cobra

Bhujangasana, or Cobra Pose, represents our ability overcome fear. While the cobra is generally considered to be a creature that evokes fear, our ability to look past this initial instinct and view fear from a new perspective is key to helping us move past it.

As discussed last month, around the neck of Nataraja, or Shiva, hangs a cobra. The cobra’s venom is a symbol of avidya, or the veil of illusion that prevents us from knowing our true nature as divine. It is this veil that keeps us living in fear. Removing this veil removes the fearsome nature of the cobra, for fear is tied to the veil of illusion. Once we understand our true nature, fear is no longer relevant.

Snake and cobra symbolism is scattered throughout Indian mythology. Shiva’s son, Ganesh, the remover of obstacles, also wears a cobra—around his waist as a symbol of “his commitment to mastering his fears,” according to Alanna Kaivalya, author of Myths of the Asanas. Ganesh strives to live a spiritual life as his father has taught him.

In one Indian myth, the world itself is built upon the coils of the serpent Ananta Shesha. Vishnu is also often depicted resting on the coils of Ananta Shesha. It is said that when Ananta Shesha uncoils time and creation take place, and when he recoils the universe ceases to exist.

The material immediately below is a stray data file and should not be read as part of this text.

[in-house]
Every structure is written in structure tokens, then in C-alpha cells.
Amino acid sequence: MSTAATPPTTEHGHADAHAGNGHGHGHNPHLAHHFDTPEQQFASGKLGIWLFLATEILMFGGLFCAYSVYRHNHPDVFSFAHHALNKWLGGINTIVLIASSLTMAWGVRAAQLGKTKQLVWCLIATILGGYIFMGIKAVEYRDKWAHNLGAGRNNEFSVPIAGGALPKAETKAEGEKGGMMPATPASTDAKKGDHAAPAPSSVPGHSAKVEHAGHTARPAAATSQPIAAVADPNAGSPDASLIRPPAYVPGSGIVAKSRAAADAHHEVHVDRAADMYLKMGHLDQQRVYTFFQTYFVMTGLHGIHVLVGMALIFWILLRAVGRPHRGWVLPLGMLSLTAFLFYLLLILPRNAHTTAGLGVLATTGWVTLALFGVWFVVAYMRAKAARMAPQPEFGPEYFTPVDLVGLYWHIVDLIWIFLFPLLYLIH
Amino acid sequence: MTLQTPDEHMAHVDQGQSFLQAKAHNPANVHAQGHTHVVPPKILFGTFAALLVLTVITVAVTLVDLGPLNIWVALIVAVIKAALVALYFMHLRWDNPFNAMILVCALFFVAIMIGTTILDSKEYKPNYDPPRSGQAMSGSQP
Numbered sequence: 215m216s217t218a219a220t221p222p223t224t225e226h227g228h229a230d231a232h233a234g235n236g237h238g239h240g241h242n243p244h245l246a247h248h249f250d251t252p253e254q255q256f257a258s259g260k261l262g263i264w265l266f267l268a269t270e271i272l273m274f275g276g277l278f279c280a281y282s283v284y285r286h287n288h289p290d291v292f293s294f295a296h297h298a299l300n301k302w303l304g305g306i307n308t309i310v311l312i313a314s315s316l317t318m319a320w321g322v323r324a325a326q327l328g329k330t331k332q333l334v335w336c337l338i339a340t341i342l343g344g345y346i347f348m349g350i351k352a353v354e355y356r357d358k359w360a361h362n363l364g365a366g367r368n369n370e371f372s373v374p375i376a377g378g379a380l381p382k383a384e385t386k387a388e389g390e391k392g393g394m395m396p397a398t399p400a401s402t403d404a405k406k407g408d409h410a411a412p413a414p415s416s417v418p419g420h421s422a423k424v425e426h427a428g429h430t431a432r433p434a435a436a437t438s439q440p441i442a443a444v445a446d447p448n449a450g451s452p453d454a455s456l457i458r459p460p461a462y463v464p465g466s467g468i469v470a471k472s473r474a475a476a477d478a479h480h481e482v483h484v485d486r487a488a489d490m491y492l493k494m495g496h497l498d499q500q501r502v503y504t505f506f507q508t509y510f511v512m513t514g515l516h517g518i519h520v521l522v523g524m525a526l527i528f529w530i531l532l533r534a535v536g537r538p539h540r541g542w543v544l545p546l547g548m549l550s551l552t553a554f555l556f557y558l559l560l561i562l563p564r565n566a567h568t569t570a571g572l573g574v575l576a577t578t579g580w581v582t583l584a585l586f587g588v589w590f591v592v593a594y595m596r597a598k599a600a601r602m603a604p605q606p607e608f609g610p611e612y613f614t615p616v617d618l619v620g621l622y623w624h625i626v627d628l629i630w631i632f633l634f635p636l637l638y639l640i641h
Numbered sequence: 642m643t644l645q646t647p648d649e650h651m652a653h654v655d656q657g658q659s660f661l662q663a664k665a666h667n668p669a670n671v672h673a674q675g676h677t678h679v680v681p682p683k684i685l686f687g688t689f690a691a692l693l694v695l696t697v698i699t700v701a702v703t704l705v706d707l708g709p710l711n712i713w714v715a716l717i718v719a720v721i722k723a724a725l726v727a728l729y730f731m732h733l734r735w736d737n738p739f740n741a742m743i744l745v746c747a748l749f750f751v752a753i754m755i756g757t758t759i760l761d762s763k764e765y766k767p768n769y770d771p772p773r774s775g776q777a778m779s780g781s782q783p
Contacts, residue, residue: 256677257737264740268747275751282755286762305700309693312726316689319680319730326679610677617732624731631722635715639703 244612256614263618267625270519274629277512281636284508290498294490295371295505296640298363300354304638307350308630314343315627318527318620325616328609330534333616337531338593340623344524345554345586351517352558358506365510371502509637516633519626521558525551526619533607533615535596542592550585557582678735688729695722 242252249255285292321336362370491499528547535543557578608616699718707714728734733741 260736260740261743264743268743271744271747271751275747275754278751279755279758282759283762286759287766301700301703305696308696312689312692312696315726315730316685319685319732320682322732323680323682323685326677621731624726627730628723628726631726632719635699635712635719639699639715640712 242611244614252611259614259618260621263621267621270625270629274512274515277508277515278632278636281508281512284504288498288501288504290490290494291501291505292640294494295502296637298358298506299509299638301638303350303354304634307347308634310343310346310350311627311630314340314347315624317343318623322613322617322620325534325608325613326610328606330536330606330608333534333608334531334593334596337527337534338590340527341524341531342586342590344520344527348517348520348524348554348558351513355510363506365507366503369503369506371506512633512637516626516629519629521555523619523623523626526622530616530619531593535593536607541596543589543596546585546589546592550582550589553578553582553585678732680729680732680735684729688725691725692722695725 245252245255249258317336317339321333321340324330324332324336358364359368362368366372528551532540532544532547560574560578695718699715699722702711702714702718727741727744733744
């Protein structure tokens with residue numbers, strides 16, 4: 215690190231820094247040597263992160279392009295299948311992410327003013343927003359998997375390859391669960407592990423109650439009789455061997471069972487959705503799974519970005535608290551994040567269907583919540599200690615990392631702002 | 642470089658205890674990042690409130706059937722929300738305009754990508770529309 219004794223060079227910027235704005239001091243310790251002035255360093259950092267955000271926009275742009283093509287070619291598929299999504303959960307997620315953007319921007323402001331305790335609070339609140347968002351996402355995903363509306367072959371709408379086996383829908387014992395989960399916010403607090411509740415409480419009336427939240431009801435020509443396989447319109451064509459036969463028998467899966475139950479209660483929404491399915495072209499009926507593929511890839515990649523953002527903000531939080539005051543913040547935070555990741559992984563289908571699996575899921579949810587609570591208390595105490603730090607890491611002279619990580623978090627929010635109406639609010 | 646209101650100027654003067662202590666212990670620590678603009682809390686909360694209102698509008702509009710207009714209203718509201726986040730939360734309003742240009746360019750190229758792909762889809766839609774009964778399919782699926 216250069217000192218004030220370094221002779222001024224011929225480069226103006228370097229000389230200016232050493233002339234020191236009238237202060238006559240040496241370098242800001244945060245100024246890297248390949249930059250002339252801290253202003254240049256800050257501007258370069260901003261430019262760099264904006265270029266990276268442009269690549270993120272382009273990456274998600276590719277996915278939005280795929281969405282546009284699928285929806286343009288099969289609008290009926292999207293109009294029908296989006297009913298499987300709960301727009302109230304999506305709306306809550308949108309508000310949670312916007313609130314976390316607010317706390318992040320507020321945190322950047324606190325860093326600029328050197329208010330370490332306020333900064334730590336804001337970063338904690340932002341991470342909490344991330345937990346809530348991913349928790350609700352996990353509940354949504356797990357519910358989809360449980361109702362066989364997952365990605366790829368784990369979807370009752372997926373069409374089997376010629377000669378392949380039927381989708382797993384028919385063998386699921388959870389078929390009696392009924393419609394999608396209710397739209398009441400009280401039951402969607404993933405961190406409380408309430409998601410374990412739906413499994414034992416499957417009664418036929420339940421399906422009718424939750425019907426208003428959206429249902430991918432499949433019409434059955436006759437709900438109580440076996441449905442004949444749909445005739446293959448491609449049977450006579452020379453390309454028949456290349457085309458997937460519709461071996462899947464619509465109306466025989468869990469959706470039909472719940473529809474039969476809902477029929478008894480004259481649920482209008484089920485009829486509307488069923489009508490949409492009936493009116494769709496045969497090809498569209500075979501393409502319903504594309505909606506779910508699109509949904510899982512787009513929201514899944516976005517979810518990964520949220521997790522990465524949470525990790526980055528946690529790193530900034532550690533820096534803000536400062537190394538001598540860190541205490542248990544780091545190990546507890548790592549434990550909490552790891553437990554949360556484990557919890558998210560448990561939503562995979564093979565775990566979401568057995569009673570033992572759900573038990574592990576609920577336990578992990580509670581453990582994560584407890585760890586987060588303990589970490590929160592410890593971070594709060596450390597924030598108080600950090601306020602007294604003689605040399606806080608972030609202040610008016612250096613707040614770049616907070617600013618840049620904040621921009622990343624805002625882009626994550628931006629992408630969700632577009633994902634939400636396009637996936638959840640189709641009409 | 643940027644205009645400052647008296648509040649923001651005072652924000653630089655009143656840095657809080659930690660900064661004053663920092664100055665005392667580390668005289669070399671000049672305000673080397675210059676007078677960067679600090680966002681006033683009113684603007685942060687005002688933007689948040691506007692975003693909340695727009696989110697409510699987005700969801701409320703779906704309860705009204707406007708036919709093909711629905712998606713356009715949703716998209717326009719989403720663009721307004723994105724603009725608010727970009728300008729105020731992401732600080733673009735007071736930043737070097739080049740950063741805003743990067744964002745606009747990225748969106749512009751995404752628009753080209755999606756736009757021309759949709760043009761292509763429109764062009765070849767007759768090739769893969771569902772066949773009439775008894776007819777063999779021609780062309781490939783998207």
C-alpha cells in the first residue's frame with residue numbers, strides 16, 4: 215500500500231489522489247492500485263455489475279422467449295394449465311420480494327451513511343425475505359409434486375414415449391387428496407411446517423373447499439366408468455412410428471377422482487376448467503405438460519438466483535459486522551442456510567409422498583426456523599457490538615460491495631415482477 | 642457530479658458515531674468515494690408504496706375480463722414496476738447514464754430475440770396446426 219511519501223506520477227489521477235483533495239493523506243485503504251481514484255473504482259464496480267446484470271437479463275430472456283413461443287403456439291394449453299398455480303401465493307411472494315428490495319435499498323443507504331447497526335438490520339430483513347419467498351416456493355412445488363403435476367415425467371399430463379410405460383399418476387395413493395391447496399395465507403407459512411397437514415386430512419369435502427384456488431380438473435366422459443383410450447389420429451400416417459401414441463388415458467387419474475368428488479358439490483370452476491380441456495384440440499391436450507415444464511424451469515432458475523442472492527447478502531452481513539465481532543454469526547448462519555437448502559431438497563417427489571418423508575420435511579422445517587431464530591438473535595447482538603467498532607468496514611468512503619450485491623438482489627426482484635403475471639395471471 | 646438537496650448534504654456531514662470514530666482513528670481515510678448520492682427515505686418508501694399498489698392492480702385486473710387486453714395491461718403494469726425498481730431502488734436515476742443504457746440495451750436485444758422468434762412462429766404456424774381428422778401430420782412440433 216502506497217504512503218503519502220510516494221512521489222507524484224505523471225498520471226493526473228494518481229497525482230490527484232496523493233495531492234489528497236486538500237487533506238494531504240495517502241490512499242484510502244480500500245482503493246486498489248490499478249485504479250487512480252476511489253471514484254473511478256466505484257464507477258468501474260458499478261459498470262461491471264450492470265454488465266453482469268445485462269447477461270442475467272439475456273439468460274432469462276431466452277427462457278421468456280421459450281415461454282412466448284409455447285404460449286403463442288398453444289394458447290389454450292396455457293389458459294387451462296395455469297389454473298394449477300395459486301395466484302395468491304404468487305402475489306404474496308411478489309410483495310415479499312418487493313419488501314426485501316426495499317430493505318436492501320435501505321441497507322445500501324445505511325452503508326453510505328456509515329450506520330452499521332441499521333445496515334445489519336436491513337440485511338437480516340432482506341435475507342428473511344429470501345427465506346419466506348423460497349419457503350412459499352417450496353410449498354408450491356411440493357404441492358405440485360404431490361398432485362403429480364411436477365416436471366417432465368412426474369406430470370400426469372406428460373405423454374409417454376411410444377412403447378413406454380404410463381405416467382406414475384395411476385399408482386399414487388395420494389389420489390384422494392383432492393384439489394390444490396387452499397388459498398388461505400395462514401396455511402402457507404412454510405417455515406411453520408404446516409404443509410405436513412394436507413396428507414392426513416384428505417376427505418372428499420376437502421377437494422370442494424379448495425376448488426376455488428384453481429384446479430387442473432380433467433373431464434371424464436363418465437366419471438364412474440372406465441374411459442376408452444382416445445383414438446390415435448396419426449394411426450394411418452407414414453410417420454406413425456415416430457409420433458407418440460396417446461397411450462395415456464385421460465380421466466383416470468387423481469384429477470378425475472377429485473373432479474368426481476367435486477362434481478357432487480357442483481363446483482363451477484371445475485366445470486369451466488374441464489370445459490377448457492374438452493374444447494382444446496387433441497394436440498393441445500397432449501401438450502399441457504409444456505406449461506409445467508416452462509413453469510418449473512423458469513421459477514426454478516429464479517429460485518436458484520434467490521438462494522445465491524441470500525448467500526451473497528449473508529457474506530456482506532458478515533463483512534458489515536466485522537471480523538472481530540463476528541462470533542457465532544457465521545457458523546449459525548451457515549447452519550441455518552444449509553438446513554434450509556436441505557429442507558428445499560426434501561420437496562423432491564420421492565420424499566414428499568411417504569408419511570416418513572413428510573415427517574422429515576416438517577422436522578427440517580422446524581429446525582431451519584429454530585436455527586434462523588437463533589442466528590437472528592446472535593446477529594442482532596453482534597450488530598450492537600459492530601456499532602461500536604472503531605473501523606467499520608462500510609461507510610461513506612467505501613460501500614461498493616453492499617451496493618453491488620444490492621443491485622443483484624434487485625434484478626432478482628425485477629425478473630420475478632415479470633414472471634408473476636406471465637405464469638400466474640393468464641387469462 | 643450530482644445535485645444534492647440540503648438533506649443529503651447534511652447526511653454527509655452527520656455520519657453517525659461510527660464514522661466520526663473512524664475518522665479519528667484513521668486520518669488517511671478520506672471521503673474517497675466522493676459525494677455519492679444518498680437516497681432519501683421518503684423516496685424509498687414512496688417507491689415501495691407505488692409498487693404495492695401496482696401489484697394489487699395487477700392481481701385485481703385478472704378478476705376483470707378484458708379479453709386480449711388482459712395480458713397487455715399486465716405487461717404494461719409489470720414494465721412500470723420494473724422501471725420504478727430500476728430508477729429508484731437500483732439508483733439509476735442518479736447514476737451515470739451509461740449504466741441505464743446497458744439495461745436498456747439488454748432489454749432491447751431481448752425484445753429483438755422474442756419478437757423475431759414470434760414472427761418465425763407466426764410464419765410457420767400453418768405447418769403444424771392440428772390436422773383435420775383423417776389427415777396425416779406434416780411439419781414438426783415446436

One of the most common symbols of the cobra in yogic mythology is the coiled serpent at the base of the spine, awakened by the rising of kundalini energy up the sushumna nadi (main prana channel that runs up the spine), coiling around the chakras as it rises. When kundalini energy is awakened through the practice of yoga and meditation, this energy is freed to rise up toward the crown chakra, creating a state of enlightenment. This symbolism is also seen in depictions of the Buddha with a cobra positioned above his head, symbolizing his enlightened state.

When practicing Cobra Pose, try to change your own perspective. Feel your chest fill with air as you rise up against the pull of gravity. Release tension in your arms in an effort to find ease amidst effort. Only through surrender will you find the strength to hold Cobra Pose with an easy, slow breath. Let this practice help you remove fear in Cobra Pose as well as other more challenging poses in your practice.